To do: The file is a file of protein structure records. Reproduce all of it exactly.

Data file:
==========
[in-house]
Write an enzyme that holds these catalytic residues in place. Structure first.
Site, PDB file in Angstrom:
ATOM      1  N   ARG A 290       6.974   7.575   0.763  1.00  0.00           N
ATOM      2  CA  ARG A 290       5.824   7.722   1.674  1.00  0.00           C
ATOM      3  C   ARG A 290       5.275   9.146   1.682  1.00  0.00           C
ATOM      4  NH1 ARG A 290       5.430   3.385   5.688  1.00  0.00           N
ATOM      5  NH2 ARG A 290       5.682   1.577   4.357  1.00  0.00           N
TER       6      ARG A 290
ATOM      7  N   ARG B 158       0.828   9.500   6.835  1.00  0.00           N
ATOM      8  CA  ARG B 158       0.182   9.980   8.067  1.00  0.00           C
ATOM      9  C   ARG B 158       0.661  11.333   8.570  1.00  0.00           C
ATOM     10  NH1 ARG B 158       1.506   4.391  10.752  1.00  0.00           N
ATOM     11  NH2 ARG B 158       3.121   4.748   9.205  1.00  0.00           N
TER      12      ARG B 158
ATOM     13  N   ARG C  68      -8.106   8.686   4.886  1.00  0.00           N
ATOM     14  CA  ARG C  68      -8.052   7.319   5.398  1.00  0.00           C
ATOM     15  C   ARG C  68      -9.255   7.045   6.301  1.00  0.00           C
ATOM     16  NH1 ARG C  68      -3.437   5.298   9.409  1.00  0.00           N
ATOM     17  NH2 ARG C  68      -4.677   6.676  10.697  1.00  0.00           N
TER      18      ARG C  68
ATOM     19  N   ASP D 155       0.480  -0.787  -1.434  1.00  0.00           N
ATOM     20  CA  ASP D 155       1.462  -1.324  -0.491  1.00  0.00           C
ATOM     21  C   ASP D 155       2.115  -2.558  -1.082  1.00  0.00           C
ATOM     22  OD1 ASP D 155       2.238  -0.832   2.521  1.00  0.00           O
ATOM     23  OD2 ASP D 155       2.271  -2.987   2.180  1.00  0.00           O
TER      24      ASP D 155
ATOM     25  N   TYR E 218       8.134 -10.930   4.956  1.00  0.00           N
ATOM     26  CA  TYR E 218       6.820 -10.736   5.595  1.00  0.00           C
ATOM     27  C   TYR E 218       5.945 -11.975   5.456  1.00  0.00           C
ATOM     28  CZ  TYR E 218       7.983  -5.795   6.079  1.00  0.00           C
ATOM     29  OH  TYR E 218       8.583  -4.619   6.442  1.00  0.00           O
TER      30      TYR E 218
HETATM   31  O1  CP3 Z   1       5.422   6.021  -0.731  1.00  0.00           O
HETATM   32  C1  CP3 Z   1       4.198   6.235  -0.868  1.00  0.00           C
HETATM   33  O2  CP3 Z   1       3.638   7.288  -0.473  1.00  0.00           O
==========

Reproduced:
[in-house]
Write an enzyme that holds these catalytic residues in place. Structure first.
Site, PDB file in Angstrom:
ATOM      1  N   ARG A 290       6.974   7.575   0.763  1.00  0.00           N
ATOM      2  CA  ARG A 290       5.824   7.722   1.674  1.00  0.00           C
ATOM      3  C   ARG A 290       5.275   9.146   1.682  1.00  0.00           C
ATOM      4  NH1 ARG A 290       5.430   3.385   5.688  1.00  0.00           N
ATOM      5  NH2 ARG A 290       5.682   1.577   4.357  1.00  0.00           N
TER       6      ARG A 290
ATOM      7  N   ARG B 158       0.828   9.500   6.835  1.00  0.00           N
ATOM      8  CA  ARG B 158       0.182   9.980   8.067  1.00  0.00           C
ATOM      9  C   ARG B 158       0.661  11.333   8.570  1.00  0.00           C
ATOM     10  NH1 ARG B 158       1.506   4.391  10.752  1.00  0.00           N
ATOM     11  NH2 ARG B 158       3.121   4.748   9.205  1.00  0.00           N
TER      12      ARG B 158
ATOM     13  N   ARG C  68      -8.106   8.686   4.886  1.00  0.00           N
ATOM     14  CA  ARG C  68      -8.052   7.319   5.398  1.00  0.00           C
ATOM     15  C   ARG C  68      -9.255   7.045   6.301  1.00  0.00           C
ATOM     16  NH1 ARG C  68      -3.437   5.298   9.409  1.00  0.00           N
ATOM     17  NH2 ARG C  68      -4.677   6.676  10.697  1.00  0.00           N
TER      18      ARG C  68
ATOM     19  N   ASP D 155       0.480  -0.787  -1.434  1.00  0.00           N
ATOM     20  CA  ASP D 155       1.462  -1.324  -0.491  1.00  0.00           C
ATOM     21  C   ASP D 155       2.115  -2.558  -1.082  1.00  0.00           C
ATOM     22  OD1 ASP D 155       2.238  -0.832   2.521  1.00  0.00           O
ATOM     23  OD2 ASP D 155       2.271  -2.987   2.180  1.00  0.00           O
TER      24      ASP D 155
ATOM     25  N   TYR E 218       8.134 -10.930   4.956  1.00  0.00           N
ATOM     26  CA  TYR E 218       6.820 -10.736   5.595  1.00  0.00           C
ATOM     27  C   TYR E 218       5.945 -11.975   5.456  1.00  0.00           C
ATOM     28  CZ  TYR E 218       7.983  -5.795   6.079  1.00  0.00           C
ATOM     29  OH  TYR E 218       8.583  -4.619   6.442  1.00  0.00           O
TER      30      TYR E 218
HETATM   31  O1  CP3 Z   1       5.422   6.021  -0.731  1.00  0.00           O
HETATM   32  C1  CP3 Z   1       4.198   6.235  -0.868  1.00  0.00           C
HETATM   33  O2  CP3 Z   1       3.638   7.288  -0.473  1.00  0.00           O